Take the 2-minute tour ×
Stack Overflow is a question and answer site for professional and enthusiast programmers. It's 100% free, no registration required.

I'm wondering what is the best practice for dealing with editable/read only field in the same viewModel. I'm facing this problem for a bigger ViewModel but let's assume I have a very simple ViewModel:

public class BaseListViewModel
{
    public int Id { get; set; }
    public bool IsCheckedForAction { get; set; }
    public string DisplayName { get; set; }
}

My PartialView:

@model Wims.Website.ViewModels.Shared.BaseModelListViewModel
@using Wims.Website.Classes.Helpers.ExtentionMethods
<div class="dataDetail">
        <div>
            <div class="float-left">
                @Html.CheckBoxFor(model => model.IsCheckedForAction)
            </div>

            <div class="float-left">
                @Html.LabelFor(model => model.IsCheckedForAction, Model.DisplayName)


                @Html.GenerateSecureDataControls(w => w.Id)
            </div>
        </div>
    </div>
<div style="clear: both"></div>

Obviously, when i Post my data, DisplayName will not be filled. Let's assume some validation fails, and I just return the data i recieved the DisplayName would be missing.

    [HttpPost]

public ActionResult Edit(BaseListViewModel stuff)
{
    if (ModelState.IsValid)
    {
        ...
        return View("Index");
    }
    return View(stuff);
}

I know there is several way to fix this:

1) add

  @Html.HiddenFor(model => model.DisplayName)

in the view, which is ok if it's just 1 field, but, what happens if i do have 10 display only field?

2) requery data if (!Model.isValid) in [HttpPost].

3) I guess I could cache it in TempData ?

What is the best way to go for this? Thanks!

Edit: I am trying to avoid having to requery the data if validation fails

share|improve this question
add comment

2 Answers 2

up vote 2 down vote accepted

I'd use the PRG pattern. It is more DRY as you only build ViewModel in the GET action. If validation fails then redirect to GET and get the model state out of tempdata.

The attributes on from this article, http://www.jefclaes.be/2012/06/persisting-model-state-when-using-prg.html, or from MVC Contrib https://github.com/mvccontrib/MvcContrib/blob/master/src/MVCContrib/Filters/ModelStateToTempDataAttribute.cs, make it easy to pass the Modelstate between the POST and the GET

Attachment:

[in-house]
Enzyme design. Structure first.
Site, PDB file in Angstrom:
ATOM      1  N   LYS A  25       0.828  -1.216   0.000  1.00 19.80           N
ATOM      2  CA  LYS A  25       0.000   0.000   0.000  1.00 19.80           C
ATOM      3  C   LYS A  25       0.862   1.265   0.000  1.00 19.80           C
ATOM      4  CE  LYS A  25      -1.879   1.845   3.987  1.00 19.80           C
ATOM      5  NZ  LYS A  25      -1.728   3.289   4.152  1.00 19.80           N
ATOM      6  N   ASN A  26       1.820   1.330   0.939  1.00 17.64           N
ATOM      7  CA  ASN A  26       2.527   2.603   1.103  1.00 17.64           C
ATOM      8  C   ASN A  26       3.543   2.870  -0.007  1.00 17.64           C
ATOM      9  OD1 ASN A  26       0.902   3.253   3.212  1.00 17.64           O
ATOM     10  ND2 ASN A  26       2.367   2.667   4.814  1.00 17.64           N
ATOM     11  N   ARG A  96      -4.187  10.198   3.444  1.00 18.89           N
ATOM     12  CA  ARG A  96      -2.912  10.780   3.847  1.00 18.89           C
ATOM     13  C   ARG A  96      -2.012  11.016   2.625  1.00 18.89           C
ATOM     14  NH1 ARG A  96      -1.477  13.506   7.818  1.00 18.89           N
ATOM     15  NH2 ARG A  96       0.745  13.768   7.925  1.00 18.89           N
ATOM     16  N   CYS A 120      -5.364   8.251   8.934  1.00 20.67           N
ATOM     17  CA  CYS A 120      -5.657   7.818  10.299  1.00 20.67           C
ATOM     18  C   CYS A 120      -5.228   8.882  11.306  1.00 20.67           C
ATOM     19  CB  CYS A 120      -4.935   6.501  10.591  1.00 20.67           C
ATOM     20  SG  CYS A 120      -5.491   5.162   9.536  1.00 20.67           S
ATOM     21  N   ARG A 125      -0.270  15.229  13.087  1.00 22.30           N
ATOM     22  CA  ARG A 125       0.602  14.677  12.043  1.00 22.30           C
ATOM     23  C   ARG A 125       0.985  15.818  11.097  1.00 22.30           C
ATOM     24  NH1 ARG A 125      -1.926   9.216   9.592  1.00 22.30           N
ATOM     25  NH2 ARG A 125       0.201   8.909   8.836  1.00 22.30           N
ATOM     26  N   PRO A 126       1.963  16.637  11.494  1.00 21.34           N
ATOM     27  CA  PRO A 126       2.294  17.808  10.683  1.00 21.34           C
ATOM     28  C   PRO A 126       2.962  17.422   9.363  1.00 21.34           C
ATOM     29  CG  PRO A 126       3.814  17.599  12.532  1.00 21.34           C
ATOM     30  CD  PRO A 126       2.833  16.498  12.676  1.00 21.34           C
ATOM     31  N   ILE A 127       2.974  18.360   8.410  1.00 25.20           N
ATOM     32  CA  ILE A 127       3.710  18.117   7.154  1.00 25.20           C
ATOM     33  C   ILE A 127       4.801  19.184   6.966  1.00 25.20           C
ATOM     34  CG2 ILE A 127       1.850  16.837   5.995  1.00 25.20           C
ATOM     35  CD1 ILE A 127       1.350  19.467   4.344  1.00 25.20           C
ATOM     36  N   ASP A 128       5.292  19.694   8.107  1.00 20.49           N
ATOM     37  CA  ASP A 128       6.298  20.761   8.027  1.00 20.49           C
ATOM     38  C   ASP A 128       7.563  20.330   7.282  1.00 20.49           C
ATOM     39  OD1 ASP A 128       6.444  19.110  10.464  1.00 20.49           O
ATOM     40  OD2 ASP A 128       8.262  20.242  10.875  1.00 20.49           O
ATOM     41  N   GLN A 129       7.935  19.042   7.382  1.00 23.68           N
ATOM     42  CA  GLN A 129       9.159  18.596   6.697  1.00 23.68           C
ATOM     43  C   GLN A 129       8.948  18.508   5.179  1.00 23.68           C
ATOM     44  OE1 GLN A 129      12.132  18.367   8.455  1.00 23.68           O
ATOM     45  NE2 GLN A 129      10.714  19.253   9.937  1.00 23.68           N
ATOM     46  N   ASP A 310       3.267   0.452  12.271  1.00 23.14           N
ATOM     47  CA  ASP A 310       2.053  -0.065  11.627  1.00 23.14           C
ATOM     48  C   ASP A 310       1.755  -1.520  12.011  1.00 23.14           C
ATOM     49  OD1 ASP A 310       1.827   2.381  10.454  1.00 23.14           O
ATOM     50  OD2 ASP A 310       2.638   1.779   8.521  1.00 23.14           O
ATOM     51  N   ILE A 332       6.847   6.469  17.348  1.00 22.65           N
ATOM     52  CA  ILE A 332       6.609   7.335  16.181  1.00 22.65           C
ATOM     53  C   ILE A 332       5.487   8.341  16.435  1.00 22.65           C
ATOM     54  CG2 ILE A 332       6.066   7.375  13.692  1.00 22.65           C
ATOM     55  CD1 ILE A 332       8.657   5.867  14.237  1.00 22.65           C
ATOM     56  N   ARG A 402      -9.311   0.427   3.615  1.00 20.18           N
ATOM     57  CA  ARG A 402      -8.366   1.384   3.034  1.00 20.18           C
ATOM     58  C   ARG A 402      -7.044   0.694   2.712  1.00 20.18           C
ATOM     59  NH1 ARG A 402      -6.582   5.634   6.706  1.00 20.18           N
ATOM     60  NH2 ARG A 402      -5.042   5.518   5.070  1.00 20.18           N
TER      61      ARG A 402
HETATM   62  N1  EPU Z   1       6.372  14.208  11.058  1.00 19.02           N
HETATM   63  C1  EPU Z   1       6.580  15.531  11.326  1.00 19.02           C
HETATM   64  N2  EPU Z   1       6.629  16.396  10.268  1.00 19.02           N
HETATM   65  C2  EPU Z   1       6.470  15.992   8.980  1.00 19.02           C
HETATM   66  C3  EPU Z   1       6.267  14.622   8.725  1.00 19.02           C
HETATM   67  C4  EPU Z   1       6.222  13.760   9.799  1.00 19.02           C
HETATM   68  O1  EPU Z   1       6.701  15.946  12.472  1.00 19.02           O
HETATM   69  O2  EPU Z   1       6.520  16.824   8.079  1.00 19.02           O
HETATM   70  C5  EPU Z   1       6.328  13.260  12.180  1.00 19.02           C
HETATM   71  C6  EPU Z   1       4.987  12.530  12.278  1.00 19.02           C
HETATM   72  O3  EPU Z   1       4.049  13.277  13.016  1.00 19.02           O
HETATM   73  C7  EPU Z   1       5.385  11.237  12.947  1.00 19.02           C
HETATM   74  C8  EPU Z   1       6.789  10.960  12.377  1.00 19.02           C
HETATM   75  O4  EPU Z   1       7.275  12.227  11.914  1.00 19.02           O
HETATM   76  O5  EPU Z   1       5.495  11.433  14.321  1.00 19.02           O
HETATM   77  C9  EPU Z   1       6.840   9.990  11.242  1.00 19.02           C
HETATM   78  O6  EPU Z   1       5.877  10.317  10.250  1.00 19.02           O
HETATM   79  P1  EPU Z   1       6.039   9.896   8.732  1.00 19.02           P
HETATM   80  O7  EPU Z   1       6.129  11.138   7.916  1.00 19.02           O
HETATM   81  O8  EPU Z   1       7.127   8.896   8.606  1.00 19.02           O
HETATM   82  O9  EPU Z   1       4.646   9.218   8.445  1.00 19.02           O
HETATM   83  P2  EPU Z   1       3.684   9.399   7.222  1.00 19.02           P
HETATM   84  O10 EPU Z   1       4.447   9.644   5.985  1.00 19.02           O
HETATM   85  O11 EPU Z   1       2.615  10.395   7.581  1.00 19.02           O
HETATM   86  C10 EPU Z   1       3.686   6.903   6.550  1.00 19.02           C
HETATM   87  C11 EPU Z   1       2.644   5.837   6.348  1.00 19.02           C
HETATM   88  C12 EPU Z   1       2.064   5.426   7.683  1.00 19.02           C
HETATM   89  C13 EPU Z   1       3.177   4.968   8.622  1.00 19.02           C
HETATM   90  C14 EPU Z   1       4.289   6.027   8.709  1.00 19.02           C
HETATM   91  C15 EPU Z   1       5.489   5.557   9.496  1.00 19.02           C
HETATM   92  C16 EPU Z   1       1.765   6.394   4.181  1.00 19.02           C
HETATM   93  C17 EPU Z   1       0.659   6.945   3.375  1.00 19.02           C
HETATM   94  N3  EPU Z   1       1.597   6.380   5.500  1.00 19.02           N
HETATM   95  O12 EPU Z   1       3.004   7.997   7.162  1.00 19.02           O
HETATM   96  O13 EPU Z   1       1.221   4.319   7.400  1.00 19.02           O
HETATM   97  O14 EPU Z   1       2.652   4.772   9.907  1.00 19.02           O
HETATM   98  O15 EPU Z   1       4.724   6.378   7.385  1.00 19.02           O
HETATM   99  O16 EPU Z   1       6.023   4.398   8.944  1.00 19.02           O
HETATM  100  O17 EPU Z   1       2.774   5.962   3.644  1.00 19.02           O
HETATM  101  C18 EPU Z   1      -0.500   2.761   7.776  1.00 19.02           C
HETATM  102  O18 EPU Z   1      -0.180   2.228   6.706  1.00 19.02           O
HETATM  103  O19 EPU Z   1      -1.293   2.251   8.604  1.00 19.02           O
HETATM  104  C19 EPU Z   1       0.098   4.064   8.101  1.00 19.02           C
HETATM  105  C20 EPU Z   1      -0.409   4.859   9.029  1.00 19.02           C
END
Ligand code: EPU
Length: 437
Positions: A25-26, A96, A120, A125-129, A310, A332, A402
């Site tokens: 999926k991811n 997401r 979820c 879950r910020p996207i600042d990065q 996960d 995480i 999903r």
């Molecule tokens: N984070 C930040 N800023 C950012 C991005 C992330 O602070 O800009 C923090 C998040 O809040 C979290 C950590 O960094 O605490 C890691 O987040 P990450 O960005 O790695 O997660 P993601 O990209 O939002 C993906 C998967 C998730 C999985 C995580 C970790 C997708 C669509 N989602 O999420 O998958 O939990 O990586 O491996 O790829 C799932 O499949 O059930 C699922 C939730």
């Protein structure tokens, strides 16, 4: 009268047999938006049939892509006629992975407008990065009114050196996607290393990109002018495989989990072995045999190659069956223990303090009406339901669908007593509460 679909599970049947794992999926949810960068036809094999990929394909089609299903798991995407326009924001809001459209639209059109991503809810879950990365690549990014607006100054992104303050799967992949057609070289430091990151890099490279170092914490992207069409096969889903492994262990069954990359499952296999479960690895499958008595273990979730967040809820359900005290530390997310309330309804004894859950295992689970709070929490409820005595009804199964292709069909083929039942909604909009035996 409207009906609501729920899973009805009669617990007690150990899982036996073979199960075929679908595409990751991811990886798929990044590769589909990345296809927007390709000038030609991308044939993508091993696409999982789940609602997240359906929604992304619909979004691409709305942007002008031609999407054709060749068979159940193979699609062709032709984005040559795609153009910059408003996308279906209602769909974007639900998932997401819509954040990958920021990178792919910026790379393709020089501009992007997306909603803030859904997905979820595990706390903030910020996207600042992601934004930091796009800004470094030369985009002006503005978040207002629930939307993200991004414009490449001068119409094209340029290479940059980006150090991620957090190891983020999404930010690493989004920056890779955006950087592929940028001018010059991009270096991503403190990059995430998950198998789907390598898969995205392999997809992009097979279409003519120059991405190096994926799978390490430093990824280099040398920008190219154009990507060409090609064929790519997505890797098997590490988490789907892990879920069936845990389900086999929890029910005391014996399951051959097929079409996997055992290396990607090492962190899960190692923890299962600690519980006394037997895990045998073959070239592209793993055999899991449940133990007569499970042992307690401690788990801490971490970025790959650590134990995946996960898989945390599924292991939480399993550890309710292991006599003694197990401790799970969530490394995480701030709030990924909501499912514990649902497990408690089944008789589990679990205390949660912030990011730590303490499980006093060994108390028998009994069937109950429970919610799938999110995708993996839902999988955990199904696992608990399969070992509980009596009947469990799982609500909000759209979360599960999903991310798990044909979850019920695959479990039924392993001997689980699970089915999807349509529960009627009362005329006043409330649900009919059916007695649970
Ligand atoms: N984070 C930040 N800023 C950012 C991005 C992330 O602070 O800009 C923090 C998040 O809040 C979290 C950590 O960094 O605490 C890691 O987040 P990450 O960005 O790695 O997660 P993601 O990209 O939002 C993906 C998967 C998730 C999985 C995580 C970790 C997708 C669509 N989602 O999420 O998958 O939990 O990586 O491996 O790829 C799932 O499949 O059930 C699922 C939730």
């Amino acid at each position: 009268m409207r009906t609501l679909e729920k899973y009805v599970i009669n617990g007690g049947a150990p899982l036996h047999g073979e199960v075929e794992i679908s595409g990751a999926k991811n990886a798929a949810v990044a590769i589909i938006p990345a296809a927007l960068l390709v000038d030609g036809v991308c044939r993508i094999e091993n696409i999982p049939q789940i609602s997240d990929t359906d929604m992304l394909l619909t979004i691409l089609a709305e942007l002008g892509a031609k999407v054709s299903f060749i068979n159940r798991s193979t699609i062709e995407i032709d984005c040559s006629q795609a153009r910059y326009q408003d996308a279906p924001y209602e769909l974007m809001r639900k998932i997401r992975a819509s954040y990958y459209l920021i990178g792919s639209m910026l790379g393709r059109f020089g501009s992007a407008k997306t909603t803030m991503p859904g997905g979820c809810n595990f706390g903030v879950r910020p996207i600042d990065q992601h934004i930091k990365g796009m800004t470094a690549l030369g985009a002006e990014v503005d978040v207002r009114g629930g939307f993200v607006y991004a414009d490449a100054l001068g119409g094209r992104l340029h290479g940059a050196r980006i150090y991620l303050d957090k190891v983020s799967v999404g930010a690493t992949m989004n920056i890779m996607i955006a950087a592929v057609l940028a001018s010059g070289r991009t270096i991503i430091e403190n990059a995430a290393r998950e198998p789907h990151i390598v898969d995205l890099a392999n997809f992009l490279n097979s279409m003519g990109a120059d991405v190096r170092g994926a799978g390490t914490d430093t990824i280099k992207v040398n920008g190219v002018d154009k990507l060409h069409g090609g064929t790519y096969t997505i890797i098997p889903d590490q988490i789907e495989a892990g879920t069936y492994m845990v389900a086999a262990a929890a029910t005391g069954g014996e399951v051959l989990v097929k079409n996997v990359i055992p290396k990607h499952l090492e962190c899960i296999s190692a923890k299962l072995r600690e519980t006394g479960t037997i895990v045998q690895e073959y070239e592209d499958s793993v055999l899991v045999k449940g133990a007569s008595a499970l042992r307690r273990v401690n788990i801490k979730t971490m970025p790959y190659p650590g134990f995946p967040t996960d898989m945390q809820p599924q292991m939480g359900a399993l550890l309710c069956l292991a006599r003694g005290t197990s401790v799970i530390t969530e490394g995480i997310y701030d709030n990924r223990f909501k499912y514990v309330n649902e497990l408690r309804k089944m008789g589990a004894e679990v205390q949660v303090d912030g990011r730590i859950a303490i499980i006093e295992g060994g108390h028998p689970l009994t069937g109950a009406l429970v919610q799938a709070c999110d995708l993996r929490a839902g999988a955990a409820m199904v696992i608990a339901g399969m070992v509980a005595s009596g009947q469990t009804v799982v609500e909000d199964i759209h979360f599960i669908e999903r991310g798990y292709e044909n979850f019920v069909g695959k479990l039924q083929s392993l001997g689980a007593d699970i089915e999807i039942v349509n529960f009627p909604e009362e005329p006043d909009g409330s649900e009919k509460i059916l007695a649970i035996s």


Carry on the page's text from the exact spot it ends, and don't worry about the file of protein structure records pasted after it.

share|improve this answer
    
Hi, Thanks for your answer, I don't understand how those post would help me keep my ViewModel Readyonly data filled? I understand i can keep the modelState error to send them to another action. My question was more about keeping the unposted data filled in my ViewModel? –  Tom Dec 18 '12 at 15:31
    
Why? Create the ViewModel once in the GET action. Put the Restore from [RestoreModelStateFromTempData] attribute on theGET. Put[SetTempDataModelState] on the POST. Then if ModelState validation fails redirect back to the GET. It will make a new ViewModel nd then merge in the submitted data and validation errors –  GraemeMiller Dec 18 '12 at 15:33
    
Hi again, thanks for not giving up on me :) I think I understand what you are saying but what I am trying to avoid is go back to database (and yes, i didn't mention that) again in the second GET. What I could do, and maybe it's what suggesting (if it is sorry for being slow :) ) is do what you just wrote, and add the complete ViewModel in TempData after the first Get, and in the PRG pattern grab it from TempData? Thanks again –  Tom Dec 18 '12 at 19:15
    
If you want to avoid trip to db again then yes need to put it to tempdata. Should update question to reflect db requirement. Basically similar idea but merge in the display only fields. Must be an expensive database call! Not better to look at caching the db query results? –  GraemeMiller Dec 18 '12 at 20:36
    
I tried just getting the data from the TempData without filtering anything, and on a simple test it worked, Readonly data are back and editable are set to edited value. It's not such a expensive call at all (several smalls ones), but I believe it's better to avoid if not really needed for optimisation sake. Thanks for your help! –  Tom Dec 18 '12 at 21:50
show 1 more comment

The POST action should perform the same initialisation of the viewmodel as the GET action. You could move the initialisation code into a common private function in the controller. The reason for this is if validation fails because of some concurrent change to the same data, the validation errors would be displayed to the user along with the new data. You could use the PRG pattern as well if the views allow for it.

share|improve this answer
add comment

Your Answer

 
discard

By posting your answer, you agree to the privacy policy and terms of service.

Not the answer you're looking for? Browse other questions tagged or ask your own question.